- BMA argues the recruitment crisis can only be addressed through remuneration across the board
- It also urges the DDRB to “reassert independence”
- Simon Stevens has said people should be paid more to work in less popular areas
The British Medical Association has rejected calls by the chief of NHS England, Simon Stevens, that NHS doctors should be paid more to work in unpopular areas of the country.
In its evidence to the Review Body on Doctors’ and Dentists’ Remuneration, submitted last month, the union said it does not support targeted pay recommendations to address location or specialty recruitment issues.
“We do not want the DDRB to consider developing a new mechanism for enabling targeted pay solutions,” the BMA said.
It stressed that the NHS’s recruitment crisis can only be addressed through “comprehensive workforce planning [and] appropriate remuneration across the board”.
The BMA said: “In times of generally declining morale, it is important that all doctors are valued equally.”
Last autumn, Mr Stevens suggested staff should be paid more to work in less popular parts of the country and incentivised to choose unpopular disciplines, such as psychiatry or general practice.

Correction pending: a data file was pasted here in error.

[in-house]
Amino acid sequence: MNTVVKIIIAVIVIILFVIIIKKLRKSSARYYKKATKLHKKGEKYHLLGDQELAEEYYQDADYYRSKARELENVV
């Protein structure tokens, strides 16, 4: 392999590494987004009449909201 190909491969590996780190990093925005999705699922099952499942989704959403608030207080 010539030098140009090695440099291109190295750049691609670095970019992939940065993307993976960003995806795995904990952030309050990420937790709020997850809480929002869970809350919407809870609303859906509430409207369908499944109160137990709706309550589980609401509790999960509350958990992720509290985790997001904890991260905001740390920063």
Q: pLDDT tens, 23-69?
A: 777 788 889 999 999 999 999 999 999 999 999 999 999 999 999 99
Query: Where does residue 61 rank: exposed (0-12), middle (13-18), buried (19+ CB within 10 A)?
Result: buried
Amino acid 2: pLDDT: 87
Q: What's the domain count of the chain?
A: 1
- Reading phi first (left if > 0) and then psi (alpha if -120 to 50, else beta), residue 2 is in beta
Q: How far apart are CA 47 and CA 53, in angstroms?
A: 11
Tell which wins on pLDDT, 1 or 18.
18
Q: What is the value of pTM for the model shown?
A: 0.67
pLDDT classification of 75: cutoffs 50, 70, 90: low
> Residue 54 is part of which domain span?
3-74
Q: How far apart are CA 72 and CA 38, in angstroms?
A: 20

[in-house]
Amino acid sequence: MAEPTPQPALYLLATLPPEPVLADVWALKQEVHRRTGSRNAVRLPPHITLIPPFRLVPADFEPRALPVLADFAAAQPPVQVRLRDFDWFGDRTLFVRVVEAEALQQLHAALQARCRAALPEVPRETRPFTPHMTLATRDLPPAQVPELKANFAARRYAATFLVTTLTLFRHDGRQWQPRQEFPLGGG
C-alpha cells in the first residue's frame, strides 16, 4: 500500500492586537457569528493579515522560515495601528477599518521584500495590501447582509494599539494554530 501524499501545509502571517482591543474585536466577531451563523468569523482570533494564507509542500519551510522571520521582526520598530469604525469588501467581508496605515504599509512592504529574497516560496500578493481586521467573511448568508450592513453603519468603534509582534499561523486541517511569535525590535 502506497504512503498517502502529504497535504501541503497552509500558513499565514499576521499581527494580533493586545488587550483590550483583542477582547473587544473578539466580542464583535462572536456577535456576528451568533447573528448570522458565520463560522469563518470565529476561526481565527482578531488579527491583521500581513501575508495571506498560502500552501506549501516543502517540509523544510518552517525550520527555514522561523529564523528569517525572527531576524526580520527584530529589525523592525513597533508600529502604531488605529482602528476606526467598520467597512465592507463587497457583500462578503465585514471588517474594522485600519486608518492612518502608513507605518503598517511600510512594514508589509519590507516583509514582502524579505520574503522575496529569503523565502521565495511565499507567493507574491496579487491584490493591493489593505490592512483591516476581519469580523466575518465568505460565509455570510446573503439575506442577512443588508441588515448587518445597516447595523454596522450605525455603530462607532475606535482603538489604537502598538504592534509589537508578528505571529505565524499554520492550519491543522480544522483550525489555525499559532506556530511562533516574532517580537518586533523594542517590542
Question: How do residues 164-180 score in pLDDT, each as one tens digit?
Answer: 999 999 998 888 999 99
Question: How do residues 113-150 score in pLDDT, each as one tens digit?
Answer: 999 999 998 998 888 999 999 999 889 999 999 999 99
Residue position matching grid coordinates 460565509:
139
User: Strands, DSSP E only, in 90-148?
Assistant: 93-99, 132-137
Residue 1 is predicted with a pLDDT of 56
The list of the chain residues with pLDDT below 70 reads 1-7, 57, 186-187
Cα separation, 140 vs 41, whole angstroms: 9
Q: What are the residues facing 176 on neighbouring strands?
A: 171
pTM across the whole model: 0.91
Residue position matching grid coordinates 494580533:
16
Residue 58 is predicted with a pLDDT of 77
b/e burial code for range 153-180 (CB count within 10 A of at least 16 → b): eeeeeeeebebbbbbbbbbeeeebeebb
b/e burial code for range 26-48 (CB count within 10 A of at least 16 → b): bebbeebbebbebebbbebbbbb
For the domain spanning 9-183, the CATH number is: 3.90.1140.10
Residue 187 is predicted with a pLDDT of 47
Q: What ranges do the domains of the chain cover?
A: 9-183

“We have got to have a hard look at the incentives for people to work in Humberside and Lincolnshire and not just in central London,” Mr Stevens said.
The BMA also expressed concern around the DDRB’s ability to “service its original purpose” and it “urges the DDRB to reassert its independence and not be constrained by the government’s continuing reluctance to properly fund the NHS”.
“It is vital that the DDRB’s recommendations are made on the basis of the evidence considered, otherwise the confidence of the profession in the process may be irrevocably broken,” it added
The union asked the DDRB to recommend an uplift in the pay of all doctors across the UK in line with inflation plus £800 or 2 per cent – “whichever is greater”.
It argued doctors’ capped pay awards at 1 per cent were “about 60 percent less than in the wider economy”.
“We were extremely disappointed by the DDRB’s decision to recommend again an uplift in line with the public sector pay policies, even though the report recognised that there was a ‘diminishing case’ for limiting pay awards at 1 per cent,” it said.
Last month, reform to clinical excellence awards was announced as part of a deal agreed between NHS Employers and the BMA.
In its evidence, the BMA stressed it has been exploring a deal in which existing CEA holders will be able to keep the awards they have already earned and the local awards round would continue to run.
“Alongside this we are working with our negotiating partners to develop a successor awards scheme, which continues to encourage and fairly reward excellence across a number of domains,” it said.